"And the wild-oxen shall come down with them, and the bullocks with the bulls; and their land shall be drunken with blood, and their dust made fat with fatness. For [it is] the day of Jehovah's vengeance, the year of recompenses for the controversy of Zion. And the streams thereof shall be turned into pitch, and the dust thereof into brimstone, and the land thereof shall become burning pitch. It shall not be quenched night and day; the smoke thereof shall go up for ever: from generation to generation it shall lie waste; none shall pass through it for ever and ever. But the pelican and the porcupine shall possess it; and the owl (or, bittern) and the raven shall dwell therein. And he shall stretch over it the line of confusion, and the plummet of emptiness. They shall call the nobles thereof to the kingdom, but none [shall be] there; and all her princes shall be nothing. And thorns shall come up in her palaces, nettles and thistles in the fortresses thereof; and it shall be a habitation of jackals, a court for ostriches. And the wild beasts of the desert shall meet with the wolves, and the satyr shall cry to his fellow; yea, the night-monster shall settle there, and shall find her a place of rest. There shall the arrowsnake make her nest, and lay, and hatch, and gather under her shadow: yea, there shall the kites be gathered, every one with her mate. Seek ye out of the book of Jehovah and read: not one of these shall be missing, none shall want her mate; for my mouth, it hath commanded, and his spirit, it hath gathered them And he hath cast the lot for them, and his hand hath divided it unto them by line: they shall possess it for ever, from generation to generation shall they dwell therein" (vv. 7-17). There will be one destruction upon the mountains of Israel, but another special carnage in Edom. It is important to bear in mind that this is a future judgement: if any one were to apply it rigorously and in all its extent to the times of Nebuchadnezzar, confusion must result, perverting either scripture or the facts. The contrary rather was seen then. The nations had it all their own way. There was no such thing as God having a great sacrifice of all nations, though treacherous Edom suffered. The real fulfilment will be at the end of the age, though even then will be merely a tremendous convulsion of nature: the total dissolution of heaven and earth will be at the end of the millennium. The Spirit of God in a measure puts the scenes together here.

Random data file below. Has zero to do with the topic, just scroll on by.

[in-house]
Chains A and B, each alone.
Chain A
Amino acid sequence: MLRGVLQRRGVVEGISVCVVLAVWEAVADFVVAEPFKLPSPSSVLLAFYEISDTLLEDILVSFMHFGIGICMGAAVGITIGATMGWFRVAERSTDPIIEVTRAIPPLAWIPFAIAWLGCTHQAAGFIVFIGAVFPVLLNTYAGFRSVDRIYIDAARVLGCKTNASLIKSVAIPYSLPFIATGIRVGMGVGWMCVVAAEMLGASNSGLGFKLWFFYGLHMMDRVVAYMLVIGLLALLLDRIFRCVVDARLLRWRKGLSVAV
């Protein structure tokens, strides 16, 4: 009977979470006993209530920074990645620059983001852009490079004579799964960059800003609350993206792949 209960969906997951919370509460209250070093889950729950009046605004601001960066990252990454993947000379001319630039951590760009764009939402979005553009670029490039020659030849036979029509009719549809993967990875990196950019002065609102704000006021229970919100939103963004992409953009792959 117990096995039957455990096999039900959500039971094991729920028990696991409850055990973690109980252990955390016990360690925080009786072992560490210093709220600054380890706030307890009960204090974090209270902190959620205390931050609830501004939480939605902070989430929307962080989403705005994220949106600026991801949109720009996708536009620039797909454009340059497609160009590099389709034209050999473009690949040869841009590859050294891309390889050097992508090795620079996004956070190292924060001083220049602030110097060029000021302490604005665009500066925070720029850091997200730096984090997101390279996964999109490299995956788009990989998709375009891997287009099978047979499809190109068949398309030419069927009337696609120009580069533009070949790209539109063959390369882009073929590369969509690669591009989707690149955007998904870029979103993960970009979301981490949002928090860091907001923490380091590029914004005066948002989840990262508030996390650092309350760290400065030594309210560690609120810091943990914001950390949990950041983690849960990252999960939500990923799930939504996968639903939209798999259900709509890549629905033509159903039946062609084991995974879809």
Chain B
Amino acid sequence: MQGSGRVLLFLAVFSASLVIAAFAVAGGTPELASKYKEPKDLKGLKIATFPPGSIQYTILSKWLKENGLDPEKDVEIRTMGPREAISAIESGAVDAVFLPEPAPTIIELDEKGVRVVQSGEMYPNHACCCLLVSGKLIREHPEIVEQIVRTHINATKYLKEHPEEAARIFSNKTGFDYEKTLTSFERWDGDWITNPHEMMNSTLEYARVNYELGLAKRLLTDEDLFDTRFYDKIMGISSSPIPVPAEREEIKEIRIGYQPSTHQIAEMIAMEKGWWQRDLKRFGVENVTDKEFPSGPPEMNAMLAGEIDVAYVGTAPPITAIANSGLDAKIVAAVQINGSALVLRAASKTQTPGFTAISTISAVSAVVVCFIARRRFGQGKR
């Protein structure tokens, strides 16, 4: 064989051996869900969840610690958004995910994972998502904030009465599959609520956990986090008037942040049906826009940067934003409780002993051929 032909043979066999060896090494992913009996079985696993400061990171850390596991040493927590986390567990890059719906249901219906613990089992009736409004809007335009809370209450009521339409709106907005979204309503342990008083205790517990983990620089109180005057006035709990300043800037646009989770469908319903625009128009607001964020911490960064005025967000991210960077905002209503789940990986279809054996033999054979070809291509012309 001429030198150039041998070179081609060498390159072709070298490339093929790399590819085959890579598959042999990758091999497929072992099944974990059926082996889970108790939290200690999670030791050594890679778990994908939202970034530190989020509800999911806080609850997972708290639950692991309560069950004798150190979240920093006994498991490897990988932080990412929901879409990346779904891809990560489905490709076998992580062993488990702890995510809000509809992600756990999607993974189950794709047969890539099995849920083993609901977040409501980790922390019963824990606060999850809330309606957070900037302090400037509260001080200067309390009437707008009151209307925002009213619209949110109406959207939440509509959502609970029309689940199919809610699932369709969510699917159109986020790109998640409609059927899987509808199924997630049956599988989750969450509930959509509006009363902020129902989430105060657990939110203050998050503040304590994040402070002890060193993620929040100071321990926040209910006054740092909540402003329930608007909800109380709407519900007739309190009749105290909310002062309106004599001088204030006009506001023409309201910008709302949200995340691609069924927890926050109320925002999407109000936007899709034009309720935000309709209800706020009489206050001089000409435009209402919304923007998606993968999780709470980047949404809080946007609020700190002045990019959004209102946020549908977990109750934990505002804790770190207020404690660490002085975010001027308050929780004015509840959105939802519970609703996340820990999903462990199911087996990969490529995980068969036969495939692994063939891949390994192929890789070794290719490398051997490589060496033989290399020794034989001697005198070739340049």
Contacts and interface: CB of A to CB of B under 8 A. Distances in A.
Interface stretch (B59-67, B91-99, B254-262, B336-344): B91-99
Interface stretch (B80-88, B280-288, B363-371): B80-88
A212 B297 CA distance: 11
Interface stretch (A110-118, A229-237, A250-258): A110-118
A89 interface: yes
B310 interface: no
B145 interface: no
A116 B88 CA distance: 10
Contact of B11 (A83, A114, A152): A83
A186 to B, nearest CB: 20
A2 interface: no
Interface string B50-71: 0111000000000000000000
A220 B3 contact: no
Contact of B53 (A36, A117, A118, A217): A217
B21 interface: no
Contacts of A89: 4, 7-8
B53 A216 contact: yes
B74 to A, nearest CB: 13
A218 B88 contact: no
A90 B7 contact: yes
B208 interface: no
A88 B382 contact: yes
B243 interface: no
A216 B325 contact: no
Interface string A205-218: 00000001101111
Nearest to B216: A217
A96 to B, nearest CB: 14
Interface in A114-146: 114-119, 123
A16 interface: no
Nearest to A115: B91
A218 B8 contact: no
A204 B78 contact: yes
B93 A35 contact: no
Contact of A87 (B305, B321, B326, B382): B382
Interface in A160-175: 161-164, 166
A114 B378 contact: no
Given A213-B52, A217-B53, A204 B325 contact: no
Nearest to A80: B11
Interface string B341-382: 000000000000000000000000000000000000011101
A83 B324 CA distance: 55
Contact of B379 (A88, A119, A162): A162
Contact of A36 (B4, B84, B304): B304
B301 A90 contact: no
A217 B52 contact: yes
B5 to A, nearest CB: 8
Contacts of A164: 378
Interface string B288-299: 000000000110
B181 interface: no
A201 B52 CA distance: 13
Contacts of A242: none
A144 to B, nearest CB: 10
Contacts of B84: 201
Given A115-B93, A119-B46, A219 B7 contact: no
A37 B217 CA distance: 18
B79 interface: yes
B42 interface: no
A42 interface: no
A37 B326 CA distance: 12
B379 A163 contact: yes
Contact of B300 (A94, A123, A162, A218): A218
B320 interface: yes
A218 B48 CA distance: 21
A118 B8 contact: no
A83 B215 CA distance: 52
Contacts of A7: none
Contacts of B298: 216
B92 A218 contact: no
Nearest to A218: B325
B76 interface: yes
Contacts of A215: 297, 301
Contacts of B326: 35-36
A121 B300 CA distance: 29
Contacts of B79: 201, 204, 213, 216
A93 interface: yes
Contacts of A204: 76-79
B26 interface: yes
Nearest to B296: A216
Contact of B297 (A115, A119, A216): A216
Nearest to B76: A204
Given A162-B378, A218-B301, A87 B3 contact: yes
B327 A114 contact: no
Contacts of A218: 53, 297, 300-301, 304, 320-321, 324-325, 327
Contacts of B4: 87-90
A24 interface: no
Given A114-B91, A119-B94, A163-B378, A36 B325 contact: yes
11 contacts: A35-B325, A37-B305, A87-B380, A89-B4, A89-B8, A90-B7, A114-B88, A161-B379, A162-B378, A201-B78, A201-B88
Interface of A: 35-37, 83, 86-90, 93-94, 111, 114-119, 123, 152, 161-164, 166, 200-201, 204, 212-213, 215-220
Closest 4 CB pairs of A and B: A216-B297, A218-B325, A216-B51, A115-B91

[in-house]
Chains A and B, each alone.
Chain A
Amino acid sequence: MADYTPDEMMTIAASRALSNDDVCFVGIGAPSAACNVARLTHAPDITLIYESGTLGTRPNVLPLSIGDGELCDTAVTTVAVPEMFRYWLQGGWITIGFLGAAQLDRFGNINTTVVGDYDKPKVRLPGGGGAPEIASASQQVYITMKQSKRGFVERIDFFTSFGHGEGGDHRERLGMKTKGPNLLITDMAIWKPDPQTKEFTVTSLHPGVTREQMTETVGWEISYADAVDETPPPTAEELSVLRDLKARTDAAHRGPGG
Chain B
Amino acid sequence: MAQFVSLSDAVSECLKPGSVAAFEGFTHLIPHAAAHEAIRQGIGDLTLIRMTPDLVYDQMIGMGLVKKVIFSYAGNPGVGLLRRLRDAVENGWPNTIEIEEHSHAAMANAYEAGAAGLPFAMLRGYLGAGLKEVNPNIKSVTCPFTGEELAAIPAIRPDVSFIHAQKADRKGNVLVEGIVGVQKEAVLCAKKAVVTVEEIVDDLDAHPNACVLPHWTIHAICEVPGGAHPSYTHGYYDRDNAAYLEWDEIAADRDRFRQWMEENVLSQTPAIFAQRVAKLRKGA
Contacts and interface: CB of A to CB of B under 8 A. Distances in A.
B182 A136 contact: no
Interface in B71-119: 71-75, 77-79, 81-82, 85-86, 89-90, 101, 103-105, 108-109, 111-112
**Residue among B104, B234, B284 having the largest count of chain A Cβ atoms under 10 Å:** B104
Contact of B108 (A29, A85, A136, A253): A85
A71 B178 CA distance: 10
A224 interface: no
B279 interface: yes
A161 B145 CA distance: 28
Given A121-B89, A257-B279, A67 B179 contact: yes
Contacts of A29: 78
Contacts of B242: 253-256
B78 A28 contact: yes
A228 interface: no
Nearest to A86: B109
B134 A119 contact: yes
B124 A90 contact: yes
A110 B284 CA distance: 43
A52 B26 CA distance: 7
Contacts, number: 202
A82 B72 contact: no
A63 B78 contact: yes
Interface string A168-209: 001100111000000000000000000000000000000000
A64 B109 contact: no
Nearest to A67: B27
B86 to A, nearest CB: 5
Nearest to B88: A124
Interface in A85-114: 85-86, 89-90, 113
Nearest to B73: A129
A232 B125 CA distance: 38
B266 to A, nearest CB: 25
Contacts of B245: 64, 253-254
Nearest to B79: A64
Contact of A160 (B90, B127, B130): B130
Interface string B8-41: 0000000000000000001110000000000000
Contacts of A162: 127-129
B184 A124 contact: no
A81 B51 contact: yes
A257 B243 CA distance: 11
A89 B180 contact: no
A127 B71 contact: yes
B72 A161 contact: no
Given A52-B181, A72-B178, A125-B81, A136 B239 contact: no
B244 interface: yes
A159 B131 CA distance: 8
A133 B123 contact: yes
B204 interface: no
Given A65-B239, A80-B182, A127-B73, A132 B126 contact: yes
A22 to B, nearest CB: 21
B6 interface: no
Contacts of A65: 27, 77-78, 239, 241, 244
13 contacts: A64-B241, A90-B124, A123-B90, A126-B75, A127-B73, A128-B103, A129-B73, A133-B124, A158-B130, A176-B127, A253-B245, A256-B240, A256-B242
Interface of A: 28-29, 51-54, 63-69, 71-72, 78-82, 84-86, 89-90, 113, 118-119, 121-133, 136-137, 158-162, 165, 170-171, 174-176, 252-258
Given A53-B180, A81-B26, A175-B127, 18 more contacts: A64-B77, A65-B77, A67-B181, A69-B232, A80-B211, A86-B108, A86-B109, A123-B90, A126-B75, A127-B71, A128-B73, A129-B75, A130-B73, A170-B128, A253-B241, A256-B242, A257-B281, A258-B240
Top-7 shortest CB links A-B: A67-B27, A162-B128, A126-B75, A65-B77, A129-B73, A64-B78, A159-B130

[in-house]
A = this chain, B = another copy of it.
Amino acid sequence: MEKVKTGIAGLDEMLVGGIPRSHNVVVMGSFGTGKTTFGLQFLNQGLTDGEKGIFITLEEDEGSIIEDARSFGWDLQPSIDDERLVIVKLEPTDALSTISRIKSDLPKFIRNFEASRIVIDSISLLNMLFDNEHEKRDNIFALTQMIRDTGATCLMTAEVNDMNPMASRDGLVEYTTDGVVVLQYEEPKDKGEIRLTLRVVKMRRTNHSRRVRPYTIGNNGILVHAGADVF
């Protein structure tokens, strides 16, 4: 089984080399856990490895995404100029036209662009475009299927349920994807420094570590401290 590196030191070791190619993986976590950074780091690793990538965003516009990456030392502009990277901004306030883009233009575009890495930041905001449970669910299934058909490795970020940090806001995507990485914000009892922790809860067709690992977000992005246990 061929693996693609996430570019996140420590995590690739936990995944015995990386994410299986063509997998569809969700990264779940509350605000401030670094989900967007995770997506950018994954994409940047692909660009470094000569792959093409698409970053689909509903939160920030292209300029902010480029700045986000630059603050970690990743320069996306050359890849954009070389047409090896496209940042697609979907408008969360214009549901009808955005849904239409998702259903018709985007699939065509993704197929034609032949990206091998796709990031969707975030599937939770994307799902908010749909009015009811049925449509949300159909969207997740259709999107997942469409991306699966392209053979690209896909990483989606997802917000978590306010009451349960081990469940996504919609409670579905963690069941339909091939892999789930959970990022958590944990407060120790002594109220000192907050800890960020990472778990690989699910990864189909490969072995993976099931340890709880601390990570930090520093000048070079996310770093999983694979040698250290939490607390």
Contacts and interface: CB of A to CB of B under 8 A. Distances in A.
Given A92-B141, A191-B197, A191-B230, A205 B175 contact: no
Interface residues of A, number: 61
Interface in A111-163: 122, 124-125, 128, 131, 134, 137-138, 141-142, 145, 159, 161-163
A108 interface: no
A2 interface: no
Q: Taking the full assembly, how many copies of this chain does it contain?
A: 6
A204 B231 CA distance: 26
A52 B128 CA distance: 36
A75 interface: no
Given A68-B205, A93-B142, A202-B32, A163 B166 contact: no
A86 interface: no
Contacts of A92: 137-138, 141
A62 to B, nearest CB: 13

For the indignation of the LORD is upon all nations, and his fury upon all their armies: he hath utterly destroyed them, he hath delivered them to the slaughter.
Their slain also shall be cast out, and their stink shall come up out of their carcases, and the mountains shall be melted with their blood.
And all the host of heaven shall be dissolved, and the heavens shall be rolled together as a scroll: and all their host shall fall down, as the leaf falleth off from the vine, and as a falling fig from the fig tree.
For my sword shall be bathed in heaven: behold, it shall come down upon Idumea, and upon the people of my curse, to judgment.
The sword of the LORD is filled with blood, it is made fat with fatness, and with the blood of lambs and goats, with the fat of the kidneys of rams: for the LORD hath a sacrifice in Bozrah, and a great slaughter in the land of Idumea.
And the unicorns shall come down with them, and the bullocks with the bulls; and their land shall be soaked with blood, and their dust made fat with fatness.
For it is the day of the LORD'S vengeance, and the year of recompences for the controversy of Zion.
And the streams thereof shall be turned into pitch, and the dust thereof into brimstone, and the land thereof shall become burning pitch.
It shall not be quenched night nor day; the smoke thereof shall go up for ever: from generation to generation it shall lie waste; none shall pass through it for ever and ever.
But the cormorant and the bittern shall possess it; the owl also and the raven shall dwell in it: and he shall stretch out upon it the line of confusion, and the stones of emptiness.
They shall call the nobles thereof to the kingdom, but none shall be there, and all her princes shall be nothing.
And thorns shall come up in her palaces, nettles and brambles in the fortresses thereof: and it shall be an habitation of dragons, and a court for owls.
The wild beasts of the desert shall also meet with the wild beasts of the island, and the satyr shall cry to his fellow; the screech owl also shall rest there, and find for herself a place of rest.
There shall the great owl make her nest, and lay, and hatch, and gather under her shadow: there shall the vultures also be gathered, every one with her mate.
Seek ye out of the book of the LORD, and read: no one of these shall fail, none shall want her mate: for my mouth it hath commanded, and his spirit it hath gathered them.
And he hath cast the lot for them, and his hand hath divided it unto them by line: they shall possess it for ever, from generation to generation shall they dwell therein.